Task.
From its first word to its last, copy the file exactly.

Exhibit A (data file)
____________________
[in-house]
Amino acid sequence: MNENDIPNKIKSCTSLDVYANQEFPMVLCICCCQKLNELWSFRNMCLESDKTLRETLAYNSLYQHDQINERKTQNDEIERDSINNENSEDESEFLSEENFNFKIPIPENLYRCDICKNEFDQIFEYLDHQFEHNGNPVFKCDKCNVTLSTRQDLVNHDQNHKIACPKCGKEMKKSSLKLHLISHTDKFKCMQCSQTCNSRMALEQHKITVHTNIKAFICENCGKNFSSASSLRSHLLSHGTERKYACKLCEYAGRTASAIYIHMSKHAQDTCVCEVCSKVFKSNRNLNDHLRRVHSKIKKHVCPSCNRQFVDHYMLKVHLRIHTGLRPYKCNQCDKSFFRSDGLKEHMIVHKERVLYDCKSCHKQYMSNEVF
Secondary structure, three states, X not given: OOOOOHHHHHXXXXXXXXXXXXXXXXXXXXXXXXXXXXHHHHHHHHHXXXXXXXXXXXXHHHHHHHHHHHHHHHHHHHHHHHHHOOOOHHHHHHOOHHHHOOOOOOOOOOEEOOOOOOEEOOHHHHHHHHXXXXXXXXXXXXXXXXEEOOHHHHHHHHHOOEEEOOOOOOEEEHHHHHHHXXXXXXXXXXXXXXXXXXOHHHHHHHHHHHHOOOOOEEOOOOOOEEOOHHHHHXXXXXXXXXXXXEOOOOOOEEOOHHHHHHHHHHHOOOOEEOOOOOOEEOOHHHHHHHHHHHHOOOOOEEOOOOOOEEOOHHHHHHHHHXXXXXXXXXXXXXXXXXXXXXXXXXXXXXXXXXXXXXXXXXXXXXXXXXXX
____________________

[in-house]
Amino acid sequence: MNENDIPNKIKSCTSLDVYANQEFPMVLCICCCQKLNELWSFRNMCLESDKTLRETLAYNSLYQHDQINERKTQNDEIERDSINNENSEDESEFLSEENFNFKIPIPENLYRCDICKNEFDQIFEYLDHQFEHNGNPVFKCDKCNVTLSTRQDLVNHDQNHKIACPKCGKEMKKSSLKLHLISHTDKFKCMQCSQTCNSRMALEQHKITVHTNIKAFICENCGKNFSSASSLRSHLLSHGTERKYACKLCEYAGRTASAIYIHMSKHAQDTCVCEVCSKVFKSNRNLNDHLRRVHSKIKKHVCPSCNRQFVDHYMLKVHLRIHTGLRPYKCNQCDKSFFRSDGLKEHMIVHKERVLYDCKSCHKQYMSNEVF
Secondary structure, three states, X not given: OOOOOHHHHHXXXXXXXXXXXXXXXXXXXXXXXXXXXXHHHHHHHHHXXXXXXXXXXXXHHHHHHHHHHHHHHHHHHHHHHHHHOOOOHHHHHHOOHHHHOOOOOOOOOOEEOOOOOOEEOOHHHHHHHHXXXXXXXXXXXXXXXXEEOOHHHHHHHHHOOEEEOOOOOOEEEHHHHHHHXXXXXXXXXXXXXXXXXXOHHHHHHHHHHHHOOOOOEEOOOOOOEEOOHHHHHXXXXXXXXXXXXEOOOOOOEEOOHHHHHHHHHHHOOOOEEOOOOOOEEOOHHHHHHHHHHHHOOOOOEEOOOOOOEEOOHHHHHHHHHXXXXXXXXXXXXXXXXXXXXXXXXXXXXXXXXXXXXXXXXXXXXXXXXXXX